Being Scientists at S.M.I.T.H
We have many enthusiastic scientists at St Michaels, and we want to take every opportunity to help our children understand how important science is for everyone and to make links to the science behind everyday objects and activities.
We use the Science Bug scheme of work as the backbone of our science teaching. This enables us to allocate science resources to children’s activelearnprimary accounts. We also add other investigations and experiments so we can suit our teaching to our learners’ needs and next steps. We are very lucky to have ‘Barry’s Back Garden’ our wild garden that enables us to investigate living things and their habitats without leaving the school site. We also take part in British Science Week.
Science policy document can be found on the School Policies page.
What is taught when? The St Michael’s 2022 – 2023 science overview
We are getting ready for British Science Week 2023. Here is a link to our padlet of school and home activities:
At S.M.I.T.H we loved British Science Week 2022 – take a look at what we got up to
Raising our STEM profile
Another way we raise the profile of STEM subjects is by engaging with STEM Ambassadors. We are especially delighted as two of the visiting ambassadors are our parents. Evidence shows that engaging with STEM Ambassadors can help young people to achieve their full potential in STEM subjects as well as inspiring them to explore STEM careers. It also helps teachers make links between the curriculum and the most up-to-date real world happenings, and means we have access to some wonderful resources. Other parents have made videos showing us what their job entails, to help all our children see that science is relevant to them and their world, and to consider the huge range of STEM careers they might pursue in their futures.
Here are some photos of palaeobiologist Dr Carlo Meloro’s visit. He explained how fossils are formed. He brought fossils and bones for our children to observe and group. He told us what can be learnt about life long ago by studying the fossil structure. Did you know that the shape of a fossil can show how fast it moved, or whether it lived in deep or shallow water, or in a burrow?
We also try to hold family STEM challenges, where different generations can work together to solve a problem by applying science and designing and then testing their solution.
This is how we build our procedural knowledge of how we ‘do’ science, our Working Scientifically skills:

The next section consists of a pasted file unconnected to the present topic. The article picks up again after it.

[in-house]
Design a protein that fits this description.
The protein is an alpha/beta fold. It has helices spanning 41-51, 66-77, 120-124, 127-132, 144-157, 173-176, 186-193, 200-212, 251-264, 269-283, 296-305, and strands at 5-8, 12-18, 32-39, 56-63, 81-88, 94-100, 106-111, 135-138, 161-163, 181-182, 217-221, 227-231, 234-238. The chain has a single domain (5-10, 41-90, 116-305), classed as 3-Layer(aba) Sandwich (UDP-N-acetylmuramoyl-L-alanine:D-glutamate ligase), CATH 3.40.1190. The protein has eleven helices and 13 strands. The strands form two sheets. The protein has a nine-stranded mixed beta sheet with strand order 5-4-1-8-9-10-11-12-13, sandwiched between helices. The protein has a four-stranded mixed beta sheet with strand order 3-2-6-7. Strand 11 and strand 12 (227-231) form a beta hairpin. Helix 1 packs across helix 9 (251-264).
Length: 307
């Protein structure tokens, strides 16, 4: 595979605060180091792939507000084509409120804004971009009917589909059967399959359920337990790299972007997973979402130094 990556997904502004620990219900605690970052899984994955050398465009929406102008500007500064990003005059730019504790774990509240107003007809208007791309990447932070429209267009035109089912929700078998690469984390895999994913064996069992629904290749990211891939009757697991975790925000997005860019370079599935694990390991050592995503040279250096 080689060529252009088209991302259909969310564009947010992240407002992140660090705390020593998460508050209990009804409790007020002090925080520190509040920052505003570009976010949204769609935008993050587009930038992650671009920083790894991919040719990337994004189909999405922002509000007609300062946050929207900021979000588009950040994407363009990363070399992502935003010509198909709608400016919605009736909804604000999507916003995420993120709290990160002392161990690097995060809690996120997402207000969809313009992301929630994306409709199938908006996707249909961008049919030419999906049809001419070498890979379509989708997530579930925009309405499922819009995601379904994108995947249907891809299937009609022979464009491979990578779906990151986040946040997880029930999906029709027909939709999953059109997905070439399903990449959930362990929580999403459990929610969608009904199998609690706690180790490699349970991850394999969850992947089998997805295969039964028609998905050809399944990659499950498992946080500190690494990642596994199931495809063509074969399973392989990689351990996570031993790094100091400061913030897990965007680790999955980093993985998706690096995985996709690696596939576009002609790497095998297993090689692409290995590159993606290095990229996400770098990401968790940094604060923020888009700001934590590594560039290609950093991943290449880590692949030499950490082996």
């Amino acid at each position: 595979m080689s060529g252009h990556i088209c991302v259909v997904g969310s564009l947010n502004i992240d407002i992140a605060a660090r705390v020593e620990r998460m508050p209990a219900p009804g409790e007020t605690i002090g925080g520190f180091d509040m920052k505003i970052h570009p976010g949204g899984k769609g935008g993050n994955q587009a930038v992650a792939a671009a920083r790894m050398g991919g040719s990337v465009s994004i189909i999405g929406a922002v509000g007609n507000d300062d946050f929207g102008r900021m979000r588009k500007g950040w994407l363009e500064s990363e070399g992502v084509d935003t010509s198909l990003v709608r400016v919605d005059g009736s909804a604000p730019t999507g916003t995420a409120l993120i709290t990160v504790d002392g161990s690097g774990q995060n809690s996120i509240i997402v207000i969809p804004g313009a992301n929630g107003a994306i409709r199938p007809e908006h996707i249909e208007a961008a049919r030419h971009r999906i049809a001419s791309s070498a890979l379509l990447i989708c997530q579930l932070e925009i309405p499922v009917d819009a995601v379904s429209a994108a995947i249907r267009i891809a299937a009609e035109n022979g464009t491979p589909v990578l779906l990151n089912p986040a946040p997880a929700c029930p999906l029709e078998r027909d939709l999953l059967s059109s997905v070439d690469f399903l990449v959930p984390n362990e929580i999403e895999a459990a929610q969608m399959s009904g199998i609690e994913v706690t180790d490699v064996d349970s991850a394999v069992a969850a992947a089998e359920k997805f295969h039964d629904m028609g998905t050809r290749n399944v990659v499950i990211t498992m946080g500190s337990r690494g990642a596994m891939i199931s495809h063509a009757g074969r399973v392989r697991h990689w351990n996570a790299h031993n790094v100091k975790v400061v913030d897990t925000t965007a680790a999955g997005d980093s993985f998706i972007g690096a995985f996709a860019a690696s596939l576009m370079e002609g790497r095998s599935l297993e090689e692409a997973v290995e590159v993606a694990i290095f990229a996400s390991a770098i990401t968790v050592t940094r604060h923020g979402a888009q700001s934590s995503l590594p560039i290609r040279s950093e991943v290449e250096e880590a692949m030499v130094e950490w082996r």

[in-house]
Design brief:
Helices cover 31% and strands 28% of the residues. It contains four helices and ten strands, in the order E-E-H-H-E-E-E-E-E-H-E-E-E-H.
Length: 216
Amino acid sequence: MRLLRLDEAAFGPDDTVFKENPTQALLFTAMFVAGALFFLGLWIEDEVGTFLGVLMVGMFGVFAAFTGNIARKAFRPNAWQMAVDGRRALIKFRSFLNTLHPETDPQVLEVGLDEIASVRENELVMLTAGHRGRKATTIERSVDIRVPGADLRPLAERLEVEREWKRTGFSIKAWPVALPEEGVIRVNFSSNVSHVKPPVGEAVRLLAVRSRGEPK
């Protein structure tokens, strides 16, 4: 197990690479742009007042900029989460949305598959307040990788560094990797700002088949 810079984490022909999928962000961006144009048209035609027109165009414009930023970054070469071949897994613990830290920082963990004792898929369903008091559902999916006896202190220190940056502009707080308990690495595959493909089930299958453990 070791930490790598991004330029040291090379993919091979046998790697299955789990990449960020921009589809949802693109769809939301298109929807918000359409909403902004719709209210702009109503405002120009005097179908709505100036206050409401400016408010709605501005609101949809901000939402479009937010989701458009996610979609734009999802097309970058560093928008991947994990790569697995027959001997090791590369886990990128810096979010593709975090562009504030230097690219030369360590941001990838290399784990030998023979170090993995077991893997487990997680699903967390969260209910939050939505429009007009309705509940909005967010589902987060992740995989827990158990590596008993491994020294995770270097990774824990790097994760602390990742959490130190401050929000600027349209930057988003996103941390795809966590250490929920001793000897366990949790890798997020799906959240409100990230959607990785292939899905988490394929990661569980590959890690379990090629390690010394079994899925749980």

This is how we build on our scientific knowledge as we progress from nursery all the way to Year 6:
We are delighted that our school has been chosen to be one of the judging panels for the Royal Society’s Young People’s Book Prize 2022. This means that we have received this selection of new books to read, talk about and vote on. Our opinions and votes will be combined with those of other schools and children’s groups to find the overall winner.
We have read, discussed and evaluated the books, and our winner is …
We thought this book has just the right mix of disgusting and interesting. It contains lots of ideas about ways we can help protect and save our planet.
Photos from Spring 1
To start their animal topic, Year 1 found out which was their favourite pet, and recorded the results in a block graph.
Year 2 children tested different materials to find out which was the strongest.
Year 3 children investigated the physical properties of rocks. They were amazed to see that pumice floats.
Year 4 children enjoyed their explorations of making and changing sounds.
Year 5 learnt more about the uses of different materials, and how to describe them using the correct scientific terms.
Year 6 learnt about the work of Charles Darwin, when learning about evolution and inheritance.
Photos from Autumn 2
Nursery children explored the building materials used by the three little pigs.
Reception children used the sub-zero temperatures to help them make sun catchers, freezing lots of found objects in the ice.
Year 1 have been monitoring the weather. They will continue to do so throughout the year, to learn about seasonal change.
Year 2 children learn about microhabitats. Then they used ‘Barry’s Back Garden’ our wild garden to investigate what was living in different microhabitats there. We are so lucky to have this resource.
Hive children have been busy learning how to look after their teeth.
Year 3 investigated patterns in shadow formation. How could they change the size of the shadow?
Year 4 used their own bodies to model the arrangement of particles in solids, liquids and gases.
Year 5 had to take air resistance into account when designing and testing parachutes
Year 6 children planned and carried out an investigation to find the best and worst conditions for growing micro-organisms.
Photos from Autumn 1
Nursery have been exploring the Wild Garden.
Reception have been making and testing boats. They loved it when the boats sank, shouting ‘Ship-wreck!’
Year 1 have been busy sorting different objects, thinking about the material each is made from.
Y2 have been sorting models of living and non-living things.
Then they learnt more about the difference between a living baby and a never lived doll, when Mrs O’Neille brought her baby to visit.
Our Hive children loved making and launching rockets.
Year 3 started their forces topic with a Bang, testing Stomp Rockets and drawing diagrams to show how they work.
Then they investigated how far a marble moved on different surfaces.
Year 4 enjoyed modelling what they already know about the digestive system at the start of their new topic. Then they set up their own investigations about teeth!
Year 5 were amazed to see the relative sizes and positions of the planets in our Solar System.
Year 6 have been showing what they already know about light.
Then they investigated shadow formation.